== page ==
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5 Ways to Promote Bile Production to Optimize Nutrition

iStock-1091436834Bile is a vital body fluid that plays an important role in the absorption of nutrients in the small intestine as well as flushing the liver of toxins. Bile is continuously produced in the liver by cholesterol oxidation and conjugated to glycine and taurine, and subsequently stored in the gallbladder. Bile also works as a signalling molecule both inside and outside of the liver.

According to Traditional Chinese Medicine (TCM), the root cause of the majority of imbalances in the body is liver dysfunction. In TCM, the liver is known as the "master organ" as it is the causative factor in many of the body’s ailments. The liver helps with detoxification, enzyme production, bile production, hormone production, immune cell activation and the storage of vitamins and iron.

How Does the Liver Function?

A critical function of the liver is the excretion of bile. A healthy liver also plays an important role in nutrient distribution by effectively metabolizing energy as well as storing vitamins and minerals for later use. In fact, everything that enters the body via the mouth is processed by the liver.

In modern society, livers are often overburdened and cannot perform their essential functions. This breakdown of function can lead to disease. Blockages in the gallbladder (such as gallstones and bile duct stones) can increase the amount of daily nutrition required, due to the lack of nutrients being absorbed. Additionally these stones can hinder bile’s ability to remove toxins. A non-optimally-functioning liver produces less bile, which can result in digestive issues such as bloating, constipation and stomach pain.  

The Importance of Bile

Bile has many functions; one of these functions is to lubricate the small intestines and stool. Less lubrication can result in constipation and too much can lead to diarrhea. A blockage in this area also increases the accumulation of toxins in the body, which creates oxidative stress, backing up waste matter. When too much food is left in the intestine, it ferments, which leads to leaky gut due to toxic gasses penetrating the intestinal lining.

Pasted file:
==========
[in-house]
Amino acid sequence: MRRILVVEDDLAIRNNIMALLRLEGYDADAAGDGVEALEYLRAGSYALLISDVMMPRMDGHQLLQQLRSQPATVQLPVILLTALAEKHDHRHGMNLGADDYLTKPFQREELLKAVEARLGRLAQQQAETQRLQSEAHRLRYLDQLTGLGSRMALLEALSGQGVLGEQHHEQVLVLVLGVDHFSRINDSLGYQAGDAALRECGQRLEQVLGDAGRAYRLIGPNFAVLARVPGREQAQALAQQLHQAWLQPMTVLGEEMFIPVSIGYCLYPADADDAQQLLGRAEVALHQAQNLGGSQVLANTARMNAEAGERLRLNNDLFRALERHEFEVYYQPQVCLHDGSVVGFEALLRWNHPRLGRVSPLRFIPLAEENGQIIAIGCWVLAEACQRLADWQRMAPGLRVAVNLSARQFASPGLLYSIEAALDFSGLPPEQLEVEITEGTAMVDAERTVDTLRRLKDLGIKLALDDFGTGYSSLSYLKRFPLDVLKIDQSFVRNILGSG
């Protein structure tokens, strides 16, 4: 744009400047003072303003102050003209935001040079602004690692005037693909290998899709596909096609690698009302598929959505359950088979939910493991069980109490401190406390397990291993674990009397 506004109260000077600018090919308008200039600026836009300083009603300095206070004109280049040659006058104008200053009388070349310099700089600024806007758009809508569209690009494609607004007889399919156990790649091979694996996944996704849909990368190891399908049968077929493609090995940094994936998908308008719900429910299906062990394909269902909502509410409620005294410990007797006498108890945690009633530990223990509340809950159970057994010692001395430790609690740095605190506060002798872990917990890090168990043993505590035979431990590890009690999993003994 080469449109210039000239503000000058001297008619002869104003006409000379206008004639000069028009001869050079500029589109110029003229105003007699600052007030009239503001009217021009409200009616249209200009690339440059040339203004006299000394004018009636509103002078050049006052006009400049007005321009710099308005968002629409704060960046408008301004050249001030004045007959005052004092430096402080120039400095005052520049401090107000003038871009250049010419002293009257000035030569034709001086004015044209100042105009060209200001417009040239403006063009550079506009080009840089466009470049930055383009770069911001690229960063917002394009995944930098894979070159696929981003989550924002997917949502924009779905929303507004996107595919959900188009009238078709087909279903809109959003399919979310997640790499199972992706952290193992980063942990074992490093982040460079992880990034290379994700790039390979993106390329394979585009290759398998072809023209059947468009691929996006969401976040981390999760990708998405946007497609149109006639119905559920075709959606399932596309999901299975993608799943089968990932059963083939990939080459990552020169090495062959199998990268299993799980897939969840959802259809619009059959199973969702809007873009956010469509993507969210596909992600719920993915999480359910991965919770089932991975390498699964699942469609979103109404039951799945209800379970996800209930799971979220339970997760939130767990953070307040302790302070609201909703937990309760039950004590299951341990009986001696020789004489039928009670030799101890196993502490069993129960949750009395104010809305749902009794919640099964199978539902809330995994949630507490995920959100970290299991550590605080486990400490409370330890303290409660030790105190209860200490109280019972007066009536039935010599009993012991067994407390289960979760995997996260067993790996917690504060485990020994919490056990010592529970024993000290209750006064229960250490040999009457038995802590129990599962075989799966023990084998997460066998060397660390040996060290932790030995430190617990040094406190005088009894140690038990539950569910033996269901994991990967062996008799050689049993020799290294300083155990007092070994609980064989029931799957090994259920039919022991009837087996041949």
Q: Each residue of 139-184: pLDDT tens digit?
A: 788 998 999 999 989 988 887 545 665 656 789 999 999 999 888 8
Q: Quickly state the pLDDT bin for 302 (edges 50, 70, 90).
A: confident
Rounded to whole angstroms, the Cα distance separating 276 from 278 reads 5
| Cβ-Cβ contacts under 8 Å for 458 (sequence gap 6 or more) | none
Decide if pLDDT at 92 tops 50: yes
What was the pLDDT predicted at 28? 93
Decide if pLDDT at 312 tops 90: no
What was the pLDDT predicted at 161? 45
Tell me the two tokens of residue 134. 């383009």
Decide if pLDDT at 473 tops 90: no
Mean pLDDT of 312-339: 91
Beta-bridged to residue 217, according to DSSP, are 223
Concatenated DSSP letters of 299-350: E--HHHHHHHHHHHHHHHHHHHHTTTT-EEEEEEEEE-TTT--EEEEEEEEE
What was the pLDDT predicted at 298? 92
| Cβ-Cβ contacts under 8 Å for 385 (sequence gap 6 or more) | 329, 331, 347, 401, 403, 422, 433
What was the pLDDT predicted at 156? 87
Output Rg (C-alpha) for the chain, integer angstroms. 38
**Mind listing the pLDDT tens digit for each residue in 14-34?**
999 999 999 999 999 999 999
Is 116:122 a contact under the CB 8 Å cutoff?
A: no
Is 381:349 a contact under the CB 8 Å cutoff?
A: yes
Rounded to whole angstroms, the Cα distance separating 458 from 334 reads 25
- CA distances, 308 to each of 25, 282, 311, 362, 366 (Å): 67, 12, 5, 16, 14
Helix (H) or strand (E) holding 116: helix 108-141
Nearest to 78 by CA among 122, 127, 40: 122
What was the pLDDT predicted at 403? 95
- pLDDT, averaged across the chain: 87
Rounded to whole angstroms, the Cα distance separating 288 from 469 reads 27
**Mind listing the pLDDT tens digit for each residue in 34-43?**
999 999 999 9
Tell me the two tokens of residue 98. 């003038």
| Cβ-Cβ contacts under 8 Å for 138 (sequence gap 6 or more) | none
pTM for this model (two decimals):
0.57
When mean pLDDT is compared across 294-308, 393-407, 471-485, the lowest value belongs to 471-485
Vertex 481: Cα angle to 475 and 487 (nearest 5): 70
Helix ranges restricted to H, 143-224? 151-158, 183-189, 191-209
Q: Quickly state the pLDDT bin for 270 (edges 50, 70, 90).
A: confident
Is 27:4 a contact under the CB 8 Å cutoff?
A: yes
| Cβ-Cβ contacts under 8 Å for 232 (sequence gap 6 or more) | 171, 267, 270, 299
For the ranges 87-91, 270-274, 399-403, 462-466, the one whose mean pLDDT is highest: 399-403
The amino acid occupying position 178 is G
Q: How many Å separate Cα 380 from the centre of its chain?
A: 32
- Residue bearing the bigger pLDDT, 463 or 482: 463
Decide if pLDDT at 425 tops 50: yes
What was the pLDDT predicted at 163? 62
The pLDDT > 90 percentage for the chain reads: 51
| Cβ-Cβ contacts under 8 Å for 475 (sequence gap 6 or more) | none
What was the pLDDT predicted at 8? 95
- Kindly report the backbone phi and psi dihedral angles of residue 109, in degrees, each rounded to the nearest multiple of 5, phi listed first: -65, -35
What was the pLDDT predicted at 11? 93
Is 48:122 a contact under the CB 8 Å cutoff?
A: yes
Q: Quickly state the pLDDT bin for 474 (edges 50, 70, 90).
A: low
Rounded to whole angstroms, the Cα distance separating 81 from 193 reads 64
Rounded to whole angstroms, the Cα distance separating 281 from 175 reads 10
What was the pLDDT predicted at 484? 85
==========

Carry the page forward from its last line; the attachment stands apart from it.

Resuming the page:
Bile salts break down fats, so adequate bile is required for processing fats and, as such, are essential for weight loss. Bile also transports toxins out of the liver into the feces, and keeps everything flowing. If bile is not continually being produced and flowing, cholesterol stones can result.

Fat soluble vitamins, like vitamins A, D, E and K can only be broken down in the body if there is adequate bile. Patients that have had their gallbladder removed must be aware that they have no bile storage system, and, therefore, must manage bile production.

Liver Function is Important for Hormonal Balance

The liver and thyroid have a synergistic relationship, because T4 is converted to T3 by bile in the liver. T3 is the more potent thyroid hormone, metabolized from iodine. A thyroid problem may actually be the result of a bile or liver malfunction rather than anything to do with the thyroid.The liver also metabolizes many other hormones such as insulin-like growth factor and plays a major role in the inactivation of excess hormones.